Wondering how to Configure SAR to monitor performance metrics in EC2 instance? We can help you!
System Activity Reporter (SAR) is one of the monitoring tools that allow us to collect performance data as needed for CPU, memory, and I/O usage. We can set up SAR to get historical metrics.
Here at Bobcares, we handle requests from our customers to configure similar issues as a part of our Server Management Services.
Today let’s see how our Support Engineers configure SAR on EC2 instances of our customers.
How to Configure SAR to monitor performance metrics in EC2
Now we will see the steps that our Support Engineers follow to configure SAR:
Steps to configure:
1. Firstly, we have to install the EPEL release package for RHEL 7 using the amazon-linux-extras command:
sudo amazon-linux-extras install epel
2. Then we can install the monitoring tools using the following command:
sudo yum -y install sysstat atop --enablerepo=epel
3. Also we can change the log collection interval using the following command:
sudo sed -i 's/^LOGINTERVAL=600.*/LOGINTERVAL=60/' /etc/sysconfig/atop sudo sed -i -e 's|*/10|*/1|' -e 's|every 10 minute
We can view and edit the configuration file, /etc/sysconfig/sysstat, after installation.
The configuration file contains the following default values:
HISTORY=28: This parameter determines how long SAR keeps performance log files. The default value is 28 days. COMPRESSAFTER=31: This parameter determines after how many days SAR compresses files. The default value is 31 days. Note: If we set the configuration file to keep log files longer than 28 days, then SAR keeps each month's files in a separate directory. SA_DIR=/var/log/sa: SAR saves log files to this location. ZIP="bzip2": This is the default zip file containing compressed log files. Ensure to enable compression if we wish to keep files for more than 31 days. Compressed files occupy the least possible space on the disk.
The sadc (system activity data collector) operation performs data collection. Furthermore, the collected data is written in text format and contained in the sar## files in the /var/log/sa/ directory.
Set data collection intervals
The following command helps us to view the scripts that the SAR utility currently runs in crontab to generate data:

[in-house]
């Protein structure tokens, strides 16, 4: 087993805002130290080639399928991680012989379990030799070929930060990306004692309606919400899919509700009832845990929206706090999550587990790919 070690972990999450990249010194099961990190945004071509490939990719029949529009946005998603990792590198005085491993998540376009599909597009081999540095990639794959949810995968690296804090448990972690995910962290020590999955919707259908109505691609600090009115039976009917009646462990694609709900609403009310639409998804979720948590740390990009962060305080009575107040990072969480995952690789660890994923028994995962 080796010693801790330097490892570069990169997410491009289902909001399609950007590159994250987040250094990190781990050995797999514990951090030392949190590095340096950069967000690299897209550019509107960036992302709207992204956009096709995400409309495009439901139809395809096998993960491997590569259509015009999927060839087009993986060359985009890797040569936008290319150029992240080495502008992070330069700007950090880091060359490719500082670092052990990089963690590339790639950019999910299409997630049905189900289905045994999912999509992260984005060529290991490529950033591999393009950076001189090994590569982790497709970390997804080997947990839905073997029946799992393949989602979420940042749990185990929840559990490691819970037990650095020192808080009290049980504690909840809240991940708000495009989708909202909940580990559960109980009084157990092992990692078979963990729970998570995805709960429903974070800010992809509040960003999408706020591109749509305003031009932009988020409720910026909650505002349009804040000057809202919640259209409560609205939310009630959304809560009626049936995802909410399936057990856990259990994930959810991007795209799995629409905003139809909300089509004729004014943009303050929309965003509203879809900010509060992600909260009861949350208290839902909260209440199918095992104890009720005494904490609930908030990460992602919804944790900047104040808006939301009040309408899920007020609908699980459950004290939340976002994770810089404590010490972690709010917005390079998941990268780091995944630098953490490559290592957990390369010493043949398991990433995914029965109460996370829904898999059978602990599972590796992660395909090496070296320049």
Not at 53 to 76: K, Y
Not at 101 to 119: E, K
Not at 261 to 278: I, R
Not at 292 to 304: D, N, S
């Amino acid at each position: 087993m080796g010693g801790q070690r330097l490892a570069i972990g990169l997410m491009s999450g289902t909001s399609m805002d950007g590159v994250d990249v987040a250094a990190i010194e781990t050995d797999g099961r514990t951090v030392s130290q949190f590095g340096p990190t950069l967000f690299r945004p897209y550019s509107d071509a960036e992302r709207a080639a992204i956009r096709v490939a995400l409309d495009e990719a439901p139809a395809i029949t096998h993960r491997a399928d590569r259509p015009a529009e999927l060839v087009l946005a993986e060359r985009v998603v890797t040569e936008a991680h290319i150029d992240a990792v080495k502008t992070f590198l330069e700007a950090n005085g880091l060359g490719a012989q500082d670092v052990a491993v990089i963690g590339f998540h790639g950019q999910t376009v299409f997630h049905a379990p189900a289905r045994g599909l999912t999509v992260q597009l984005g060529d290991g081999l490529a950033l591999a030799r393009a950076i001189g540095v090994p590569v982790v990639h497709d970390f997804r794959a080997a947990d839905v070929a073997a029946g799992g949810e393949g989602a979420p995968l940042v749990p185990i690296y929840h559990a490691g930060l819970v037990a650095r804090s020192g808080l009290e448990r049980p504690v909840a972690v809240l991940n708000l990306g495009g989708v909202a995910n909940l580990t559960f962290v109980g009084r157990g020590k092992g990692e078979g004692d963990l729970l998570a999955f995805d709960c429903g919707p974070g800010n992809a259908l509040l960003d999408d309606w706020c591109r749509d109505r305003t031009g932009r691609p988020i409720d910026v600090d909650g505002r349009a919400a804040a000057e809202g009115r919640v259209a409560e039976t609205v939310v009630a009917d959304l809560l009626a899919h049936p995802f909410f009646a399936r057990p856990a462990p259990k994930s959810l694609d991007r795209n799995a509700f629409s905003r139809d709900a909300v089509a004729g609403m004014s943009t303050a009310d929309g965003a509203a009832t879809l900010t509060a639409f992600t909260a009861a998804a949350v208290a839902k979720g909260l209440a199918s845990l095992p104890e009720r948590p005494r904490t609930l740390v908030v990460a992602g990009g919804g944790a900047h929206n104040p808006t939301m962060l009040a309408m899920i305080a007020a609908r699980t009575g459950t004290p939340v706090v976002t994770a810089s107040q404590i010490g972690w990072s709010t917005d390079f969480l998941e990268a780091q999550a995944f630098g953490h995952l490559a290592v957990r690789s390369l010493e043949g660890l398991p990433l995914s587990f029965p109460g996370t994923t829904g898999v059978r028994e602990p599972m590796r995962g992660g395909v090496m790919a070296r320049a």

By default, SAR generates data every 10 minutes. However, if we wish to change the interval we can do the following:
1. Firstly, open /etc/cron.d/sysstat file using the following command:
2. To change the run time from 10 to 5 we can do the following
@reboot /usr/lib64/sa/sa1 --boot */5 * * * * root /usr/lib64/sa/sa1 1 1
Commands to generate performance reports as needed
CPU usage report
We can use the sar command to generate a CPU usage data report. The following example command generates a usage data report 5 times every 2 seconds:
sar 2 5 -P 0
Memory statistics report
Use the -r option to generate a memory statistics report. The following example command generates memory statistics 5 times every 2 seconds:
sar -r 2 5
Block device statistics report
Use the -d option to generate a block device statistics report. The following example command generates block device statistics 5 times every 2 seconds:
sar -d -p 2 5
Network statistics report
Use the -n option to generate a network statistics report. We can generate statistics for specific entities, such as TCP, UDP, NFS, etc. or ALL as shown in the following examples:
sar -n TCP 2 5
sar -n UDP 2 5
sar -n ALL 2 5
To Read the most recent log file
Running sar commands extracts details from the most recent log file in /var/log. To read the complete file, use the -f option, as shown in the following example:
sar -f /var/log/sa
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To conclude, we saw the steps that our Support Techs follow to Configure SAR to monitor performance metrics on EC2 instances. Also we some of the basic commands of sar.